“An especially glorious day for the Invincibles,” said Colonel Talbot.
“The most glorious of all possible days for the Invincibles,” said Lieutenant-Colonel Hector St. Hilaire.
There was an especial emphasis to their words that aroused Harry’s attention.
“The Invincibles have had many glorious days,” he said. “Why should this be the most glorious of them all?”
“We went into battle one hundred and forty-seven strong,” replied Colonel Talbot quietly, “and we came out with one hundred and forty-seven casualties, thirty-nine killed and one hundred and eight wounded. We lay no claim to valor, exceeding that of many other regiments in General Lee’s glorious army, but we do think we’ve made a fairly excellent record. Do you see those men?”
He pointed to a silent group stretched upon the turf, and Harry nodded.
“Not one of them has escaped unhurt, but most of us will muster up strength enough to meet the enemy again to-morrow, when our great general calls.”
Harry’s throat contracted for a moment.
“I know it, Colonel Talbot,” he said. “The Invincibles have proved themselves truly worthy of their name. General Lee shall hear of this.”
“But in no boastful vein, Harry,” said Colonel Talbot. “We would not have you to speak thus of your friends.”
“I do not have to boast for you. The simple truth is enough. I shall see that a surgeon comes here at once to attend to your wounded. Good night, gentlemen.”
“Good night,” said the four together. Harry walked back toward General Lee’s headquarters, full of pride in his old comrades.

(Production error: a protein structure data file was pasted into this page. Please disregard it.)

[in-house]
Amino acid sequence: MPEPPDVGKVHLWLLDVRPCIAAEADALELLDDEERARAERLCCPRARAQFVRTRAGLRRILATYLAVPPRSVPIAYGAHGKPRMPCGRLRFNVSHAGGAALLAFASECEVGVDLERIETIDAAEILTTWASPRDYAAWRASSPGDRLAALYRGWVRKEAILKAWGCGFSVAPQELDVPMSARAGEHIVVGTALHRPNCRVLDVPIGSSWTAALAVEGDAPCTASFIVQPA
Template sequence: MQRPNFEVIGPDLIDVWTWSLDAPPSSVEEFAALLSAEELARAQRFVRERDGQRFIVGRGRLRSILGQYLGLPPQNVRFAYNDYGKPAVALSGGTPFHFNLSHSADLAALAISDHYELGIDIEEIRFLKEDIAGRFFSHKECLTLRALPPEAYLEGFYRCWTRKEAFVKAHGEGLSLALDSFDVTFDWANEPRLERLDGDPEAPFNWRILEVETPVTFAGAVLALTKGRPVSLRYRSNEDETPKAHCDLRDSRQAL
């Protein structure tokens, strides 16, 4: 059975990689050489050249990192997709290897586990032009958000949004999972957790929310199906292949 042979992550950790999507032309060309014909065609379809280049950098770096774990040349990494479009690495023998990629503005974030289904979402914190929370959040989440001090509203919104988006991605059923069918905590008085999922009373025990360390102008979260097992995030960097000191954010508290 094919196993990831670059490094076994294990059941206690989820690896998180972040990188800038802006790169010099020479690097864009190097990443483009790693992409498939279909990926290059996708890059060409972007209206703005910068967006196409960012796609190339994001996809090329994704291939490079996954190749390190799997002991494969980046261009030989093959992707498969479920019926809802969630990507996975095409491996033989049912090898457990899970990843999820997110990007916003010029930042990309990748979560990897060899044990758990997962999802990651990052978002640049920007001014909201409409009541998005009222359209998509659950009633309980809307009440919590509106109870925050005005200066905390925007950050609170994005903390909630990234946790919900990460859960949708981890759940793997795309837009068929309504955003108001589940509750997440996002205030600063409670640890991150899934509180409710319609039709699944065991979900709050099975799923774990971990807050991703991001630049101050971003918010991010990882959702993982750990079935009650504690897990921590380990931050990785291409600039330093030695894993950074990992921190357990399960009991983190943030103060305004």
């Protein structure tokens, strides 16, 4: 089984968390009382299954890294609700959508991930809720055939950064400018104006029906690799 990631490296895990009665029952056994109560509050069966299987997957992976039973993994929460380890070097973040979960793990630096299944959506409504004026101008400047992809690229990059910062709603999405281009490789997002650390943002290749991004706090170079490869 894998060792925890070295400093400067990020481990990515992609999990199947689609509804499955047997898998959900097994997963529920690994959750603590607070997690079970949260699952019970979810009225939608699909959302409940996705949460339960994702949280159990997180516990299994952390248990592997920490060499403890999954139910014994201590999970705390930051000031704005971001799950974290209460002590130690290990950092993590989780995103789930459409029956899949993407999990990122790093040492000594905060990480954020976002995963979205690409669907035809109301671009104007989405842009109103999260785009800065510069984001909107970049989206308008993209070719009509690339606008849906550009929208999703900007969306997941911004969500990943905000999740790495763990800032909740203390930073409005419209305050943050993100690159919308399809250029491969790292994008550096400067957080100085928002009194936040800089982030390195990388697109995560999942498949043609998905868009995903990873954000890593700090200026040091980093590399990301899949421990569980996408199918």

Harry secured a little sleep toward morning, and, although his nervous tension had been very great, when he lay down, he felt greatly strengthened in body and mind. He awakened Dalton in turn, and the two, securing a hasty breakfast, sat near the older members of the staff, awaiting orders. The commander-in-chief was at the edge of the little glade, talking earnestly with Hill, and several other important generals.
Harry often saw through the medium of his own feelings, and the rim of the sun, beginning to show over the eastern edge of the Wilderness, was blood red. The same crimson and sinister tinge showed through the west which was yet in the dusk. But in east and west there were certain areas of light, where the forest fires yet smoldered.
Both sides had thrown up hasty breastworks of earth or timber, but the two armies were unusually silent. A space of perhaps a mile and a half lay between them, but as the light increased neither moved. There was no crackle of rifle fire along their fronts. The skirmishers, usually so active, seemed to be exhausted, and the big guns were at rest. The fierce and tremendous fighting of the two days before seemed to have taken all the life out of both North and South.